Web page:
Saint Bernard: Description, Characteristics, Temperament

Country of origin: Switzerland
Shoulder height: 65 – 90 cm
Weight: 75 – 85 kg
Age: 8 – 10 years
Color: white with red-brown patches or continuous cover
Use: family dog, companion dog, guard dog

St. Bernard – the Swiss national dog – is an extremely impressive sight. With a shoulder height of around 90 cm, it is one of the giants among dogs but is considered to be very gentle, loving, and sensitive.

Origin and history

St. Bernard descends from Swiss farm dogs, which were kept by the monks of the hospice on the Great St. Bernard as companions and guard dogs. The dogs were also used as rescue dogs for travelers lost in snow and fog. St. Bernard was best known for the avalanche dog Barry (1800), who is said to have saved the lives of over 40 people. In 1887 St. Bernard was officially recognized as a Swiss dog breed and the breed standard was declared binding. Since then, St. Bernard has been considered the Swiss national dog.

The early St. Bernhard’s dogs were built smaller than today’s type of dog, which is hardly suitable for avalanche work due to selective breeding. Today, St. Bernard is a popular house and companion dog.


With a shoulder height of up to 90 cm, Saint Bernard is an extremely large and imposing dog. It has a harmonious, strong, and muscular body, and a massive head with brown, friendly eyes. The ears are medium-sized, set high, triangular, and lying close to the cheeks. The tail is long and heavy.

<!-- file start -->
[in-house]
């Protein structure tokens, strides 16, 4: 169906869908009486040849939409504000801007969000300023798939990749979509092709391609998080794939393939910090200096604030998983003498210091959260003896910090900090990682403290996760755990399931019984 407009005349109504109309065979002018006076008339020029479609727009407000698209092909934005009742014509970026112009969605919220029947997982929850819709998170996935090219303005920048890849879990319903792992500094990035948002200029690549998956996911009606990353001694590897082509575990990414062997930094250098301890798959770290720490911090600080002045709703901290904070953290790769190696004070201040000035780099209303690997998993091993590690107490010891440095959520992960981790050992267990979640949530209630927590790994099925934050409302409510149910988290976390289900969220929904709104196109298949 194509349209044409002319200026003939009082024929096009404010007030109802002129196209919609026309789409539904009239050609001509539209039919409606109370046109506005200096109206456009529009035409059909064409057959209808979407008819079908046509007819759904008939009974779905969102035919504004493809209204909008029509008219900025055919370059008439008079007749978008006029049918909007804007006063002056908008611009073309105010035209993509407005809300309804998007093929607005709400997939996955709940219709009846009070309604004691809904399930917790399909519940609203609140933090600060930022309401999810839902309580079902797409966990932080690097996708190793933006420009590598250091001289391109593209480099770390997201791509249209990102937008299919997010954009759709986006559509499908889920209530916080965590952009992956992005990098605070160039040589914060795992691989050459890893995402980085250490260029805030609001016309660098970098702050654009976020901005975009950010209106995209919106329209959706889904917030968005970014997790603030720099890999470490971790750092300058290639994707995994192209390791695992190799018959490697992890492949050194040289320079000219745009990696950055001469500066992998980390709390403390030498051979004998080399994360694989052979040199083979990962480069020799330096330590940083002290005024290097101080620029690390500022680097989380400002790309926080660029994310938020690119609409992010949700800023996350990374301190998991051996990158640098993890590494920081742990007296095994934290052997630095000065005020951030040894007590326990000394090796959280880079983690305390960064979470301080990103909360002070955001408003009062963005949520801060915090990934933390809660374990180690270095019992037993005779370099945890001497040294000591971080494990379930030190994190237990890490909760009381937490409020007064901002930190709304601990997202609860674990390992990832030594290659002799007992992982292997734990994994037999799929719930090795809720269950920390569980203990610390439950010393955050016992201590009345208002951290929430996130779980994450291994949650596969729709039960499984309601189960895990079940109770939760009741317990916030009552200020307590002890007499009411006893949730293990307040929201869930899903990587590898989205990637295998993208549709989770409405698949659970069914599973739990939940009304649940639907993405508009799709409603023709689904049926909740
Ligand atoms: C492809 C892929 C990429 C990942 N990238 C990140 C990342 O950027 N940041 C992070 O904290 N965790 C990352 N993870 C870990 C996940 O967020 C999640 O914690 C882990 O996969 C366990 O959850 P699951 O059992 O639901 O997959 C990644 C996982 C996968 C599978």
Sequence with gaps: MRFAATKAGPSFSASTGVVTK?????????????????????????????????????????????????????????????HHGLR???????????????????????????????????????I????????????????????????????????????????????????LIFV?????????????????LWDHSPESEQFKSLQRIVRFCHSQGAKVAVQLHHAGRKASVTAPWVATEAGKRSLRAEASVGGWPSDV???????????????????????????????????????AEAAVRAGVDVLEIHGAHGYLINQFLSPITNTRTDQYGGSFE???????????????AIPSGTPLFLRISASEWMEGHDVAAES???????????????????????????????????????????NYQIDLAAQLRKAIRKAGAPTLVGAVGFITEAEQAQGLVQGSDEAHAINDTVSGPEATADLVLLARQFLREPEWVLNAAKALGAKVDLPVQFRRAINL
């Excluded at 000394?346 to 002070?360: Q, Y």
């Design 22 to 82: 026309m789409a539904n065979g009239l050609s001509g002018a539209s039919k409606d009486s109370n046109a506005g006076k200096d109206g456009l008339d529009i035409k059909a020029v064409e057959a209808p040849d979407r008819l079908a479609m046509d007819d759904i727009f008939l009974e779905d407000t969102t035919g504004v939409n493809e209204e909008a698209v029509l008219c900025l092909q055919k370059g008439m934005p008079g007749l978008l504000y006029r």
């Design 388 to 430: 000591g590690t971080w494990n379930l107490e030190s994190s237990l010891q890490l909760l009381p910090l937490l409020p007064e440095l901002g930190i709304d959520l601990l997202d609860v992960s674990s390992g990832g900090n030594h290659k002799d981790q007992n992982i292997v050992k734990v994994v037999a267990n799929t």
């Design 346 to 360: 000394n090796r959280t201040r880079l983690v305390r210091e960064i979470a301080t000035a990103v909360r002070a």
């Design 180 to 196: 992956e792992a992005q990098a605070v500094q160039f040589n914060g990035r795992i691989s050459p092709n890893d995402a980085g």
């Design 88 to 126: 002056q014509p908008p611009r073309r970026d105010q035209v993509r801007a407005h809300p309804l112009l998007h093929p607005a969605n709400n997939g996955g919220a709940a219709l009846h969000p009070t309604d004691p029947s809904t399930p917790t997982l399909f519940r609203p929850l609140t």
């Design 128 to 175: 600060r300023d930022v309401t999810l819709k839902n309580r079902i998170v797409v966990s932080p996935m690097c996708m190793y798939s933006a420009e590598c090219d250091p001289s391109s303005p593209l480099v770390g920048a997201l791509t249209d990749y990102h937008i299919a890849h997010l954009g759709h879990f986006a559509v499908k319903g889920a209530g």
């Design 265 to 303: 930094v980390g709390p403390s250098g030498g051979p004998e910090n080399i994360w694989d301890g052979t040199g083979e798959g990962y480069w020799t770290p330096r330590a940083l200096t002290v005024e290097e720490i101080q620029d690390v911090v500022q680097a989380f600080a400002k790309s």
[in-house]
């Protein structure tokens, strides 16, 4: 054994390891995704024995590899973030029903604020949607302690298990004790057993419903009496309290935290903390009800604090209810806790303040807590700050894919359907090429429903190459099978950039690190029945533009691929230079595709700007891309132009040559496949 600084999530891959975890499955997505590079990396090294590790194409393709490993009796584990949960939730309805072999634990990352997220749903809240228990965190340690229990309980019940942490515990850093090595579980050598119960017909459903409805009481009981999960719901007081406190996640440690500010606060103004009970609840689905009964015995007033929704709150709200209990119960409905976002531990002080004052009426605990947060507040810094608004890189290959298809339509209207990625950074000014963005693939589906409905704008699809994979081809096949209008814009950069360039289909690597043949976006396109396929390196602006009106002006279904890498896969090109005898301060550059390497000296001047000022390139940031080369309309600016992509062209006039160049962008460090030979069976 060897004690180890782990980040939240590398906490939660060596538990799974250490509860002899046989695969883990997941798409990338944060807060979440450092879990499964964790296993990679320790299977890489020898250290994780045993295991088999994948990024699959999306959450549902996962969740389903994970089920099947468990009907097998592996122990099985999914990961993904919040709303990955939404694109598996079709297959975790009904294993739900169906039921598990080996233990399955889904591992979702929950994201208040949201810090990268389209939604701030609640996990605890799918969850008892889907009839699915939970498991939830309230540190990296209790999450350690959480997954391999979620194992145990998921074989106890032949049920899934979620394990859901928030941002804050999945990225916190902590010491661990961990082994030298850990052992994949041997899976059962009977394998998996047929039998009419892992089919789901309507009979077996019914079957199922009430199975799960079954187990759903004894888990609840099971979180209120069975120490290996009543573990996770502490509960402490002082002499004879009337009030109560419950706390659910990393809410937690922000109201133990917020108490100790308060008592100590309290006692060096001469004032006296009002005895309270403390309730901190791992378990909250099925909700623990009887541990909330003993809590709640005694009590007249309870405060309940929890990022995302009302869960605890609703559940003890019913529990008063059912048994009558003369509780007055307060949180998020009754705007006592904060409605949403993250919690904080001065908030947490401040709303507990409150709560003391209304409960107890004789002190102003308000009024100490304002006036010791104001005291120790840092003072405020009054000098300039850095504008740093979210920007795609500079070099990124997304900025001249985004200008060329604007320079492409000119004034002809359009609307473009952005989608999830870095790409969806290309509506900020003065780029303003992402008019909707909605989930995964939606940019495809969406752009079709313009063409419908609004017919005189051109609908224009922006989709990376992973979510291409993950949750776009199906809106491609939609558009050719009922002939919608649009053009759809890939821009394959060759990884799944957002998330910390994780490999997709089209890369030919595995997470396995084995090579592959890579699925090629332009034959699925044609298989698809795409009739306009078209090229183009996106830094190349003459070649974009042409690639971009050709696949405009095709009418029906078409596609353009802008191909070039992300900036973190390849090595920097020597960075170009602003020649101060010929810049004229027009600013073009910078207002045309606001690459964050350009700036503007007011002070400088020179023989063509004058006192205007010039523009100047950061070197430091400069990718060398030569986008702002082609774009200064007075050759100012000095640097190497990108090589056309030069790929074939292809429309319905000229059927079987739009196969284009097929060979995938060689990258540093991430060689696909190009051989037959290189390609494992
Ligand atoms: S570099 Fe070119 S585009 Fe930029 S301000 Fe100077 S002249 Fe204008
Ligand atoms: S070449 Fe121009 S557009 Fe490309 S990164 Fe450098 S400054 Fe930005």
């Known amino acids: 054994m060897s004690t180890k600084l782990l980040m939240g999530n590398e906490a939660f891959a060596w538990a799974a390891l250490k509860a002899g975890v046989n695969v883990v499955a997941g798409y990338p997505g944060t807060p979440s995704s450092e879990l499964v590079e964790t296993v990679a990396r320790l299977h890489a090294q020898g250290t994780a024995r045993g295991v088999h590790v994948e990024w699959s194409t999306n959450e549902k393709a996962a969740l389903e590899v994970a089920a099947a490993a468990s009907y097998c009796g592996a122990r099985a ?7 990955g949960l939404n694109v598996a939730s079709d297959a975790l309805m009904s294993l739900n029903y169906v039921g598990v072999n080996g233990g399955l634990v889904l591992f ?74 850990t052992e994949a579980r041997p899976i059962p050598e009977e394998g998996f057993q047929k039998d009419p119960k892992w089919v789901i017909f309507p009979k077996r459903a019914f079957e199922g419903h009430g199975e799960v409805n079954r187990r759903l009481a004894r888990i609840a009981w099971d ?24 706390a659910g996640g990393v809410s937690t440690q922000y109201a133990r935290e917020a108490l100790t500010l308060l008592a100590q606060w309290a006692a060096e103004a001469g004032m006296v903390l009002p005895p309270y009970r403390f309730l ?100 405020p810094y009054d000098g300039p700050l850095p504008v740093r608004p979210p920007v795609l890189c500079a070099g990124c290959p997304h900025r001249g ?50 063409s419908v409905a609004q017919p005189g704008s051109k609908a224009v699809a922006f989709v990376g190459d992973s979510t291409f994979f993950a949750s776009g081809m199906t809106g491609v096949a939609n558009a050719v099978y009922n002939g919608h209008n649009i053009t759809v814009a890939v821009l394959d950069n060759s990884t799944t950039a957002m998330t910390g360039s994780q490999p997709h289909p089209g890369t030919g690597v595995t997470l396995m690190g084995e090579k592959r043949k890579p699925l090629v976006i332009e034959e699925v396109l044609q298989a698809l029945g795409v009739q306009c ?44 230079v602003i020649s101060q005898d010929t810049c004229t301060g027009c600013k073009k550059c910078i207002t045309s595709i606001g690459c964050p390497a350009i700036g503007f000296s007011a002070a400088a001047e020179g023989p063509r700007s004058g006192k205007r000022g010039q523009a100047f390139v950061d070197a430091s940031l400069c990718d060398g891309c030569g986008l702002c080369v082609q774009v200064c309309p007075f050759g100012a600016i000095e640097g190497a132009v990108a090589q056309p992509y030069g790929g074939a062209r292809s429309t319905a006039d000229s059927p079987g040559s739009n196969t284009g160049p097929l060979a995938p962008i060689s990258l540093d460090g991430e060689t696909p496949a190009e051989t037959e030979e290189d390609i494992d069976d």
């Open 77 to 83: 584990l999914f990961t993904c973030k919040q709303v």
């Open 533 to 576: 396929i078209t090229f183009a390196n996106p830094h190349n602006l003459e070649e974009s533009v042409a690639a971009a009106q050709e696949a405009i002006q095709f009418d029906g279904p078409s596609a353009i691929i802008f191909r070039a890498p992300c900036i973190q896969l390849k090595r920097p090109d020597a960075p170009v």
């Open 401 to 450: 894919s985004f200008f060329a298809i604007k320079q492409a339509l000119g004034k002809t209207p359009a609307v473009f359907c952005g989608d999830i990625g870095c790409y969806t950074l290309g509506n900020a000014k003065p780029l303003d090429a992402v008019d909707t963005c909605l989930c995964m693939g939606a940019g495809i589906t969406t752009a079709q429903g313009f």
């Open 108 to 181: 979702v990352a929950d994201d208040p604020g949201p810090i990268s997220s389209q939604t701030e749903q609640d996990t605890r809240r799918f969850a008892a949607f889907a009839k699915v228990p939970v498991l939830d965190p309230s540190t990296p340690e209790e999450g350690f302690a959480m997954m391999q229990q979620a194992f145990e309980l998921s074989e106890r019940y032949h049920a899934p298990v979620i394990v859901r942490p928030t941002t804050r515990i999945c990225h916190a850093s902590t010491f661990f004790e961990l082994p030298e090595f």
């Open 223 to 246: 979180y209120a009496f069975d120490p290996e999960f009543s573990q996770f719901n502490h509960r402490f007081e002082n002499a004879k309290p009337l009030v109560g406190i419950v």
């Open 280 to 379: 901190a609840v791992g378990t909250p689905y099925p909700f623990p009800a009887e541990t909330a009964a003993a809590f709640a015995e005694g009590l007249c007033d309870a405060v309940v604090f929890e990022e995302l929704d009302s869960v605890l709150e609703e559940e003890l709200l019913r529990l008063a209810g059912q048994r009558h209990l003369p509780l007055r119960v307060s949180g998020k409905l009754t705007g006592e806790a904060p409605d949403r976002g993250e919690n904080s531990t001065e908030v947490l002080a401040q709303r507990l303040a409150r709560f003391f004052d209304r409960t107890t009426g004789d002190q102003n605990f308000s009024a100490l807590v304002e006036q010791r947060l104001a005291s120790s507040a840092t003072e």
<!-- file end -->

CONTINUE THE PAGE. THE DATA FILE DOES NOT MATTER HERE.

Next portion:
St. Bernard is bred in the coat variants short hair (stock hair) and long hairBoth varieties have a dense, weather-resistant top coat and plenty of undercoats. The base color of the coat is white with patches of reddish brown or reddish brown cover throughout. Dark borders often appear around the muzzle, eyes, and ears.


St. Bernard is considered to be extremely good-natured, affectionate, gentle, and fond of children, but he is a real dog personality. It shows strong protective behavior, is alert and territorial and does not tolerate strange dogs in its territory.

The lively young dog needs consistent training and clear leadership. Saint Bernard puppies should be socialized and used to anything unfamiliar from an early age.

In adulthood, Saint Bernard is easy-going, even-tempered, and calm. It enjoys going for walks but does not demand excessive physical activity. Due to its size, however, St. Bernard needs sufficient living space. It also loves to be outdoors and is more suitable for people with a garden or property. St. Bernard is not suitable as a city dog ​​or for people with sporting ambitions.

Like most large dog breeds, Saint Bernard has a comparatively short life expectancy. About 70% of St. Bernards barely live to be 10 years old.

Ava Williams

Written by Ava Williams

Hello, I'm Ava! I have been writing professionally for just over 15 years. I specialize in writing informative blog posts, breed profiles, pet care product reviews, and pet health and care articles. Prior to and during my work as a writer, I spent about 12 years in the pet care industry. I have experience as a kennel supervisor and professional groomer. I also compete in dog sports with my own dogs. I also have cats, guinea pigs, and rabbits.

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